The basic idea
The main idea is that Objects only act when triggered by events effected by objects in its proximity. No direct invokations. Everything is strictly causal. The result of an action always is an event. Events can trigger other actions to run, local (scope) statements to execute and other objects to act. There is no need for loops or conditional statements. Just a list of unordered statements. Each statement has an identified trigger and and identified effect. During runtime, the order of statement execution is determined. The compiler or VM (or interpreter, as this could well be a dynamic scripting language) should be able to determine unreachable statements (never executed because it will never be triggered).

Primary mechanism
The primary mechanism of koz is based on triggers and effects. A trigger is the occurrance of an event. A statement can only be executed if it is triggered by an event that occurred within the scope of the statement. Scoping is similar to other programming languages (blocks). There are two scope types in Koz: block ({ }) and action (compare to class method). A block or action is finished when certain conditions are met. It results in an event (for instance Action.end) into its surrounding scope (context)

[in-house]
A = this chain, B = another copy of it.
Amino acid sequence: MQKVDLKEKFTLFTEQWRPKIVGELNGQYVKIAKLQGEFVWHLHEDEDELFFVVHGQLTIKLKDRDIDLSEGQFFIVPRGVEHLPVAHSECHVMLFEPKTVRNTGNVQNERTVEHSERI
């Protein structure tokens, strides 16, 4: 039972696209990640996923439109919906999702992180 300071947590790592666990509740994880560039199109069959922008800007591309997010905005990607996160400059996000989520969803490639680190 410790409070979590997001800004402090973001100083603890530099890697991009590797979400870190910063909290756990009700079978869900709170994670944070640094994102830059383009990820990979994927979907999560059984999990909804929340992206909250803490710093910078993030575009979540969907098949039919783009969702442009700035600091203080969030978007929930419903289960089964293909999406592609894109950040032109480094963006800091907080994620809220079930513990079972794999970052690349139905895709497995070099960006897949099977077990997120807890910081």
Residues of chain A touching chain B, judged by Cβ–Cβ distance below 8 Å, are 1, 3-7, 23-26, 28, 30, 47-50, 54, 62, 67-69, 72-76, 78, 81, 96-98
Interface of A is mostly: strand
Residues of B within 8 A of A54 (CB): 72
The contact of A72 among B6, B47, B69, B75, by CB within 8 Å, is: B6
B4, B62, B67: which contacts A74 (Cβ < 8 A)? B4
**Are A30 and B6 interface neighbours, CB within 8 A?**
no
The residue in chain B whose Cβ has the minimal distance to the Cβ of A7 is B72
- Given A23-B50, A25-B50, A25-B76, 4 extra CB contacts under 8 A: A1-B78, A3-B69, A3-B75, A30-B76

Objects can be aggregates of other objects. An aggregate scopes the events of the objects inside.A trigger is bound to an event type, never to a specific event instance.

Syntax (BNF)
predifinedEvent = init|changed|disposed|...
definedEvent = predefinedEvent | identifier
trigger = definedEvent | definedEvent identifier
variable = type identifier {(trigger(,trigger)* : expression;)+}

Predefined events:
scope-init
scope-end

About variables:
no direct mutations, only through predefined triggers
predefined events: init, changed, disposed

Example
The example below counts the lines that are entered in standard input. To do so, each line is added to a List object. Notice how the trigger System.in.lineEntered changes the state of myList. the new line is added to the list by using the + operator. Also notice how the variable lineCounter is set to 0 (zero) through the occurance of the init event, and the myList.disposed event. And each time the event myList.changed occurs, the value of lineCounter is set to the size of myList.


List myList {
  System.in.lineEntered line: self + line;
};
int lineCounter {
  myList.changed: myList.size;
  init, myList.disposed: 0
};